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Glass-bottom boats are boats with windows below the waterline which allow passengers to see clearly into the water. When people view the water from above, they often experience optical distortions which make it hard to see, and they can have difficulty seeing into the depths. With a glass-bottom boat, this distortion is eliminated, providing very crisp, clear visibility and an extended range of visibility. These boats are most commonly used in tourism applications.
Some glass-bottom boats literally have a glass bottom, while others have glass panels and view ports. Riding in such a boat is kind of like being in a giant diving mask, except that people stay dry, and they do not have to pay attention to safety concerns while they enjoy the undersea sights, allowing them to focus on what they are seeing. Glass-bottom boats can be used in oceans, rivers, and lakes, and they come in a range of sizes for different applications.
Glass-bottom boat tours are available for people who want to see shipwrecks, reefs, and other underwater features without diving. They can be an excellent alternative to diving or snorkeling for people with disabilities or people who lack professional diving training, and they also allow people to socialize while they view interesting objects beneath the surface of the water.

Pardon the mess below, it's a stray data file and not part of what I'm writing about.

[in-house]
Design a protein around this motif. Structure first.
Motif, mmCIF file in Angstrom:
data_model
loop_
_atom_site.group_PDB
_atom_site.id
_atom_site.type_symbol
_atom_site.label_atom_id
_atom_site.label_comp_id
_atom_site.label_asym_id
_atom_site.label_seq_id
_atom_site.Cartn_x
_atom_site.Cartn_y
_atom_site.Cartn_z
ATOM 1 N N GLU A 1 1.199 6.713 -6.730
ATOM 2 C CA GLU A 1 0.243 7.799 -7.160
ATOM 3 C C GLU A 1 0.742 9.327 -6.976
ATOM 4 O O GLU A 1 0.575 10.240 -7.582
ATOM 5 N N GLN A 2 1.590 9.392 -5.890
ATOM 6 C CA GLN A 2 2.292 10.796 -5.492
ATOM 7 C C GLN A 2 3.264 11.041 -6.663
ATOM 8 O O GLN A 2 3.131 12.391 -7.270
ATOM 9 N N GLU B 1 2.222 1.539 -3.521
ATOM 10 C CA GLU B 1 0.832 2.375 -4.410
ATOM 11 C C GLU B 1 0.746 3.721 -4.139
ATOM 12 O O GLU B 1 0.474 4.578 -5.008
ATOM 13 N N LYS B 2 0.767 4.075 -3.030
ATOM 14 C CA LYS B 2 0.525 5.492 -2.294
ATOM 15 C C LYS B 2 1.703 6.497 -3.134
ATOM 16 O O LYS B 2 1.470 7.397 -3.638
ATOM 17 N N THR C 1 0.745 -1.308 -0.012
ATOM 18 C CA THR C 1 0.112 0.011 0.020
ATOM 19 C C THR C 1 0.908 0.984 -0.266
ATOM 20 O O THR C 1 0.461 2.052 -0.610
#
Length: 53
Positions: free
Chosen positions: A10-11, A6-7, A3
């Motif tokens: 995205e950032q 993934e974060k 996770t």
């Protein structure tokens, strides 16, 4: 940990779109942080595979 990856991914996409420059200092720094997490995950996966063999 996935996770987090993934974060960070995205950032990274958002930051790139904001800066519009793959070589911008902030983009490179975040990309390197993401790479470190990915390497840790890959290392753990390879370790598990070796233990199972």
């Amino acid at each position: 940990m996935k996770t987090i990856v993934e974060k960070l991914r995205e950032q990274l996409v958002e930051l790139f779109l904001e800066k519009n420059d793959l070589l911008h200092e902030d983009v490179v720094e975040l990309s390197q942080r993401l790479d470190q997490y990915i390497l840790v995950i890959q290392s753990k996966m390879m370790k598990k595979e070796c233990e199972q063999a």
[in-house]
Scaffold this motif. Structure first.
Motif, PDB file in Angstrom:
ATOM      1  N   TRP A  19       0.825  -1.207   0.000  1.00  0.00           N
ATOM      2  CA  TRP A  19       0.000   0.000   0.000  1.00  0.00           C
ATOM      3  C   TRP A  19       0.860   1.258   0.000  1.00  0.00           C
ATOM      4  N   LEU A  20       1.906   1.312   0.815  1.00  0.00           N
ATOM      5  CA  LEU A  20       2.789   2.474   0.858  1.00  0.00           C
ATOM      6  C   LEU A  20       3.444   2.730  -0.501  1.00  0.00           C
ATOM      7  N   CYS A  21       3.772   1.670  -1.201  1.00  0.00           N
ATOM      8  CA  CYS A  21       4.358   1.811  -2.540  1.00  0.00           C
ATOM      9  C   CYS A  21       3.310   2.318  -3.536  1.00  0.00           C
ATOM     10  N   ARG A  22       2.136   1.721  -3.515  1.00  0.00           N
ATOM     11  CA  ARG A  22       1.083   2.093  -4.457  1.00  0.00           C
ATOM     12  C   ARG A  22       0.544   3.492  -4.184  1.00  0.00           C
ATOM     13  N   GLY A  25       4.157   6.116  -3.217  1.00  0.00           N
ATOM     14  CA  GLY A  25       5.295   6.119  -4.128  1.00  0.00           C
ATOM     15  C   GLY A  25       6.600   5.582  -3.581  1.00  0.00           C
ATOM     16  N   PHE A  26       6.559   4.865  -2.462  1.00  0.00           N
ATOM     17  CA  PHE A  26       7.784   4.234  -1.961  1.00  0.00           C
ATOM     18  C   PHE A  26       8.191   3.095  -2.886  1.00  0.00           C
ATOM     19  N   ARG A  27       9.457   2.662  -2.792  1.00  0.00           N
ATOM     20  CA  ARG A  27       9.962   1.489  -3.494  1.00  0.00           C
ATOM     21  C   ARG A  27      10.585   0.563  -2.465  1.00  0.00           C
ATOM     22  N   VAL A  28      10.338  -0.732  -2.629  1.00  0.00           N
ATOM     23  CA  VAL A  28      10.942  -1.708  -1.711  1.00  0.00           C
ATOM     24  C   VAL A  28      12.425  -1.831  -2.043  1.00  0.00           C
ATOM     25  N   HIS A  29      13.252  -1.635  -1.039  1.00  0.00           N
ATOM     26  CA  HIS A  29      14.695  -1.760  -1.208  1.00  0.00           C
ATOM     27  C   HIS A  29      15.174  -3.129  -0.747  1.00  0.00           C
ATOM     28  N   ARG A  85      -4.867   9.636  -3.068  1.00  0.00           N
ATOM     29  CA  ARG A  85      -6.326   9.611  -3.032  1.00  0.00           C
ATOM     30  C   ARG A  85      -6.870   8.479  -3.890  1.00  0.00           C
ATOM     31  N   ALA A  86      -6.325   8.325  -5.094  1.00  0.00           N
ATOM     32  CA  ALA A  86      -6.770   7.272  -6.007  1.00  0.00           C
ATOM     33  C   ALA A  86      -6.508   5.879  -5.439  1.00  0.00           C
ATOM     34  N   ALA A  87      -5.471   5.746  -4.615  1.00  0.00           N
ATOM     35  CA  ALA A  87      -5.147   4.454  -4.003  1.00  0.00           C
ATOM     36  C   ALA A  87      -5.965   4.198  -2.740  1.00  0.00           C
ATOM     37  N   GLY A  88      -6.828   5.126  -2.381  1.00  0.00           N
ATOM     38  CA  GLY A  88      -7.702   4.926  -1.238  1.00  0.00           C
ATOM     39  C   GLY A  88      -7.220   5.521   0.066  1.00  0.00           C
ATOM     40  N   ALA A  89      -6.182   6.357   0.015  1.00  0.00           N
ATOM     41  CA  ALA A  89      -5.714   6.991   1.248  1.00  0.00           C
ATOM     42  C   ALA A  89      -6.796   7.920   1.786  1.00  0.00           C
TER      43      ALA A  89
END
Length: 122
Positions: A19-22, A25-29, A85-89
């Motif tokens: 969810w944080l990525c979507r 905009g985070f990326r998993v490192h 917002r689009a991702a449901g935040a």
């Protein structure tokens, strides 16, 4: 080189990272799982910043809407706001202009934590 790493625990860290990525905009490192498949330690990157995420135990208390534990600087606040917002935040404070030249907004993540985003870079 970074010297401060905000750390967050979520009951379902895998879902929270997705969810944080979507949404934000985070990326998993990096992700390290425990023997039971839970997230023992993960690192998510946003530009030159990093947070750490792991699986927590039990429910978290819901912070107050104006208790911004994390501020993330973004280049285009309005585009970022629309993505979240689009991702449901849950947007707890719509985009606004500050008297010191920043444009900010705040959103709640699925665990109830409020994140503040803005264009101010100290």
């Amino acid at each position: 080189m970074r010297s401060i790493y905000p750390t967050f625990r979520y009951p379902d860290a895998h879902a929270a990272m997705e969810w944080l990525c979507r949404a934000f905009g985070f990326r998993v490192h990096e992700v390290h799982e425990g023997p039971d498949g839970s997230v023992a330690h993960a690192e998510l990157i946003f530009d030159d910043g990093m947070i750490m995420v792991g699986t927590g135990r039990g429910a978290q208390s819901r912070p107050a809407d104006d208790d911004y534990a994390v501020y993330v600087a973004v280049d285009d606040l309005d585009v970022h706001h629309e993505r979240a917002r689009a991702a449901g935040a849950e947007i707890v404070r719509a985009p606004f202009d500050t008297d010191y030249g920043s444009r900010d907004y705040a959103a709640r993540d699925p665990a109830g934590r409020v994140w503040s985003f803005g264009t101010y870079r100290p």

Some conservation organizations use glass-bottom boats to raise public awareness about conservation issues and as tools for public education. Groups of school children, for example, might be taken out on boats so that they can view the natural environment with minimal barriers, to stress the importance of environmental conservation. Glass-bottom boats used for environmental awareness may drift between diseased or dead reefs, healthy reefs, and reefs undergoing environmental remediation so that people can clearly see the difference between a healthy, vibrant reef and one which has been damaged.
Researchers can also use glass-bottom boats for certain types of work, although many prefer getting into the water in a diving suit with appropriate gear. Glass-bottom boats can also be useful for giving quick tours of environmental sites of interest to people representing organizations which may provide funding or assistance. Rather than bundling executives into wetsuits and taking them into the water, researchers can use a glass-bottomed boat to show people what they are doing or what they would like to do, and the excursion may be used as a public relations opportunity to promote a cause and its sponsors.